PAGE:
Chronic motor or vocal tic disorder is characterized by what appear to be uncontrollable tics, which are sudden, rapid, recurrent movements or vocal sounds. If a child has both motor and vocal tics, he is diagnosed with Tourette’s disorder; if he has only motor tics or vocal tics, but not both, he is diagnosed with chronic motor or vocal tic disorder. A very small percentage of children have coprolalia, which involves involuntary cursing or making socially inappropriate remarks.
Symptoms of chronic motor or vocal tic disorder:
- Shoulder shrugging
- Eye blinking
- Lip biting
- Facial grimacing
- Clearing of the throat
- Humming, sniffing, snorting, or squealing
Child may report an uncomfortable feeling in his body before a tic occurs; this is called a “premonitory urge”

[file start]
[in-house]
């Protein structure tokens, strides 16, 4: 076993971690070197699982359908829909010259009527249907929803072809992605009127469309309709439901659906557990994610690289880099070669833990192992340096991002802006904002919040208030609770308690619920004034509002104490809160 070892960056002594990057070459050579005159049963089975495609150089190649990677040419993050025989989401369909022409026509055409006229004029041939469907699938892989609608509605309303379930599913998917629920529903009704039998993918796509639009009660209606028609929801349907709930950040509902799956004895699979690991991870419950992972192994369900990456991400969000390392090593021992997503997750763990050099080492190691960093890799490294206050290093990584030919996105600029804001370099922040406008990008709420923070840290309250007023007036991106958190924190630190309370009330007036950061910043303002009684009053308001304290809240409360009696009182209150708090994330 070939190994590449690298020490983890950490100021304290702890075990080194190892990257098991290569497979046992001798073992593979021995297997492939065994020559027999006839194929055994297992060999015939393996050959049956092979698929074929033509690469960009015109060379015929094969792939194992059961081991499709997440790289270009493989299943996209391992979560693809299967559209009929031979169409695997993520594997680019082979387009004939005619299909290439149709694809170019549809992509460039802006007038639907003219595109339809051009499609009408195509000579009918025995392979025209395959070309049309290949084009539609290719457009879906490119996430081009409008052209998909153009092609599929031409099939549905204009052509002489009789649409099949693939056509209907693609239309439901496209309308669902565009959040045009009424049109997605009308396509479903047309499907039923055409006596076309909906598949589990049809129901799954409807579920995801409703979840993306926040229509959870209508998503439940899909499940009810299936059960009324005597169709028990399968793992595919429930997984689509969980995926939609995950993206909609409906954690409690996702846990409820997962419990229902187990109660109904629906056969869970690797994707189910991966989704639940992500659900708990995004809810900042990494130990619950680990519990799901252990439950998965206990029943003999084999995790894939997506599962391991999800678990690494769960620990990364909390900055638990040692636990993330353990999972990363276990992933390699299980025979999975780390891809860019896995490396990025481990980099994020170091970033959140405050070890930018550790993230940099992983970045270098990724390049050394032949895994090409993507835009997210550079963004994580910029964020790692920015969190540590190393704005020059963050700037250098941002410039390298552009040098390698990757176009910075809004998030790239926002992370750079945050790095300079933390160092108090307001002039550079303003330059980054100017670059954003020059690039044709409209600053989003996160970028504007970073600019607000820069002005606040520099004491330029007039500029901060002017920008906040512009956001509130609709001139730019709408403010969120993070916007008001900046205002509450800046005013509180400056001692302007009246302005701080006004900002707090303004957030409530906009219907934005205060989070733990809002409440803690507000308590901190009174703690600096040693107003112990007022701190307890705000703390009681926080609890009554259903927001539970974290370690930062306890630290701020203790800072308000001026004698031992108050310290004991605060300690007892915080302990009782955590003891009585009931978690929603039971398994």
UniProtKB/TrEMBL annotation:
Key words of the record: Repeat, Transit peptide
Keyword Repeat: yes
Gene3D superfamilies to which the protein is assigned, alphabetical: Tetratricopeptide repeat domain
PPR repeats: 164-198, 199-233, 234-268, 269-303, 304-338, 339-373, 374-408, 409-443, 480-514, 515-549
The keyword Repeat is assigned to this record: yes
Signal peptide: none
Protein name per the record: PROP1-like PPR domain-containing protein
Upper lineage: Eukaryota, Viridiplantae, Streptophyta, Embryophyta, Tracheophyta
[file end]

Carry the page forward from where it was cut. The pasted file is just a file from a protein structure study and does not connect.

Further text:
Treatment and Prognosis
Chronic motor or vocal tic disorder may be treated behaviorally and/or with medication.
Behavioral Therapy: The best-known behavioral treatment is a form of cognitive behavioral therapy (CBT) called habit reversal training. If a child gets a premonitory urge before the oncoming tic, he’s taught to recognize it and identify the situations that may trigger it. The child and therapist develop a “competing” response-an action the child performs when he feels the urge-that is incompatible with the tic, and less noticeable to others. For example, a child whose tic involves sniffling his nose may do a breathing exercise instead. Children may also be taught relaxation techniques to decrease the frequency of the tics.
Pharmacological: There are a variety of medications commonly prescribed to help control the symptoms of tic disorder, and an experienced professional should closely monitor any course.